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I am aware that a normal bitcoin transaction cannot be reversed once broadcast and confirmed on the network. My question is whether it is possible to create a strange transaction with an unusual redeem script which would allow the sender to reverse the transaction when this information is provided.

The wallet software might not accept this transaction as spendable but this does not matter as it is supposed to be an unusual transaction. Ultimately my question is whether such a transaction is possible at all but if not, how would I go about creating it?

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What you are looking for is a type of smart contract. But be aware, that smart contracts in Bitcoin are generally comprised of multiple transactions, rather than a single transaction confirmed in a block. You would need this initial transaction to "fund" the contract, and then further transactions that spend the outputs of the funding transaction, based on your conditions.

For example, your initial transaction can be written as to say:

"This money can be claimed by the recipient after a certain amount of time OR it can be reclaimed by me right now if I have some piece of provided information."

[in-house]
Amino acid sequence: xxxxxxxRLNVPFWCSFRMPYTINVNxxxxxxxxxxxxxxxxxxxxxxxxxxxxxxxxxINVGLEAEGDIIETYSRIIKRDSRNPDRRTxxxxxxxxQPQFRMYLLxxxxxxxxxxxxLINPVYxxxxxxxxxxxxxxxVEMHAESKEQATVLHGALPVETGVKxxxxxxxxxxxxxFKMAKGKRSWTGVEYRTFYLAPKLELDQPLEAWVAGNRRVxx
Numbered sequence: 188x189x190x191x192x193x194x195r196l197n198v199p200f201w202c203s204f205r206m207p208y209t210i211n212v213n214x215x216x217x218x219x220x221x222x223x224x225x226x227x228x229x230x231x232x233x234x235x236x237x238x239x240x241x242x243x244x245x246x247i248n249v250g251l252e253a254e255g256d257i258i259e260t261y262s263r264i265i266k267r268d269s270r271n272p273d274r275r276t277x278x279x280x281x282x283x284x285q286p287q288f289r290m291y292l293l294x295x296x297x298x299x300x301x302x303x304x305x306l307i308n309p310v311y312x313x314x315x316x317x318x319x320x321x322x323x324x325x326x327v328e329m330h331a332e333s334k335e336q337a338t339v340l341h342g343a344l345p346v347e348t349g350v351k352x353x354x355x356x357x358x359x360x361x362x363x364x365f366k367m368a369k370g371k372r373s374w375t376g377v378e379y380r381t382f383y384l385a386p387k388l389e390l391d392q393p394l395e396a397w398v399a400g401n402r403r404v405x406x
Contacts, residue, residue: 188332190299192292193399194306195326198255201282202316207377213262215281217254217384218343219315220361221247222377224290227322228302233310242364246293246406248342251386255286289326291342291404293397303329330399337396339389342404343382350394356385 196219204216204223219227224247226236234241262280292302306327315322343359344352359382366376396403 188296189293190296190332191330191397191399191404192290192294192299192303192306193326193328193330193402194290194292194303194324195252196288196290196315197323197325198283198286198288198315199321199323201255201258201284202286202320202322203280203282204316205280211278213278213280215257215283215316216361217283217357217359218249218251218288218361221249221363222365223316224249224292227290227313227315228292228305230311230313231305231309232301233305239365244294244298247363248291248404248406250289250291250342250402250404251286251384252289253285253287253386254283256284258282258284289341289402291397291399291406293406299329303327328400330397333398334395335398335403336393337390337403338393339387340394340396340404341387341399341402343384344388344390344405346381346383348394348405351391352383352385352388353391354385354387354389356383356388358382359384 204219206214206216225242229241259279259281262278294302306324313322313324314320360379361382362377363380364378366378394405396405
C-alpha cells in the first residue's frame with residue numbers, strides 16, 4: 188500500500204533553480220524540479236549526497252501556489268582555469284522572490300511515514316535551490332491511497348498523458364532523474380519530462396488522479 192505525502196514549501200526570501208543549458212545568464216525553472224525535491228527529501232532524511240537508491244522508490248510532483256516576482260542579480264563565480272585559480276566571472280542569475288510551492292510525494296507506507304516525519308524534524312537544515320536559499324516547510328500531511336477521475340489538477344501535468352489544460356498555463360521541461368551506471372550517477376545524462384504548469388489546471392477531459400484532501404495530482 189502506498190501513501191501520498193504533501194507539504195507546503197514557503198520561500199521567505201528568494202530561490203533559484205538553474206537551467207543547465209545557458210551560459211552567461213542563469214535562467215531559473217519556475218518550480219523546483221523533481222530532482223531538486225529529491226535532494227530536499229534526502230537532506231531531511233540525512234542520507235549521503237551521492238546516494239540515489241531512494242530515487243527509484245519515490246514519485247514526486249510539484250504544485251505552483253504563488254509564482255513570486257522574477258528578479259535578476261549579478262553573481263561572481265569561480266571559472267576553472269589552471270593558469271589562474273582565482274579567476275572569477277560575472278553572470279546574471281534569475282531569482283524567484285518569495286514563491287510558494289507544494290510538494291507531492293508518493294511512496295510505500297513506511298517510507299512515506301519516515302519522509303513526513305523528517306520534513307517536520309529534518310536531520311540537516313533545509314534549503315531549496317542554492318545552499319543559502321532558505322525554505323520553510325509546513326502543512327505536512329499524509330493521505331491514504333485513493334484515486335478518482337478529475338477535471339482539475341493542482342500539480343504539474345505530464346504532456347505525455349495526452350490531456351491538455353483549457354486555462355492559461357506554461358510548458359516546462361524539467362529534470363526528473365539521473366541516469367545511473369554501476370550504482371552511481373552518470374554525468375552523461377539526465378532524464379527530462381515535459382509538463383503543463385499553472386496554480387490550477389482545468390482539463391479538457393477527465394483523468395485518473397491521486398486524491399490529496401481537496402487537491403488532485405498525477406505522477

Now if the time period expires, it can be assumed that the recipient will create a transaction spending the outputs of the first, thus claiming the money. However, if the sender has this special information you speak of, he can spend the outputs immediately before the recipient gets a chance.

You can use either nLocktime or OP_CHECKLOCKTIMEVERIFY for the time restriction, and you can use Lightning Network style hash locks for "when this information is provided". Keep in mind this is just a simple example of what a potential smart contract solution would look like for you. You would certainly need to design your own to meet your own requirements.

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    Perhaps worth noting that many contracts involve transactions that are signed ahead of time but not broadcast, specifically to obtain the possibility of them being "reverted" (by never broadcasting them and replacing them with updated versions). – Pieter Wuille Jul 21 '16 at 13:57
  • Right. I think most people's confusion with smart contracts comes from the assumption that everything happens on the blockchain. This is not true. To use a metaphor of the existing legal system, the blockchain is like the courts. You generally don't go to court unless something goes wrong. – Jestin Jul 21 '16 at 14:26
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There is no "beneficiary address field" in a blockchain transaction, only the locking script. Since most of the transactions are not strange, the beneficiary address is usually derivated from it. If you have a locking script, by which the sender's signature unlocks it, it will be no different than a transaction sender to sender himself. It looks like it, quacks like it, and shows on sender's balance like it.

To answer the second half of the question, the wallet software will not display an incoming strange transaction, since its strangeness will prevent the wallet to derive its beneficiary address, and wallet only displays transactions sent to its addresses.

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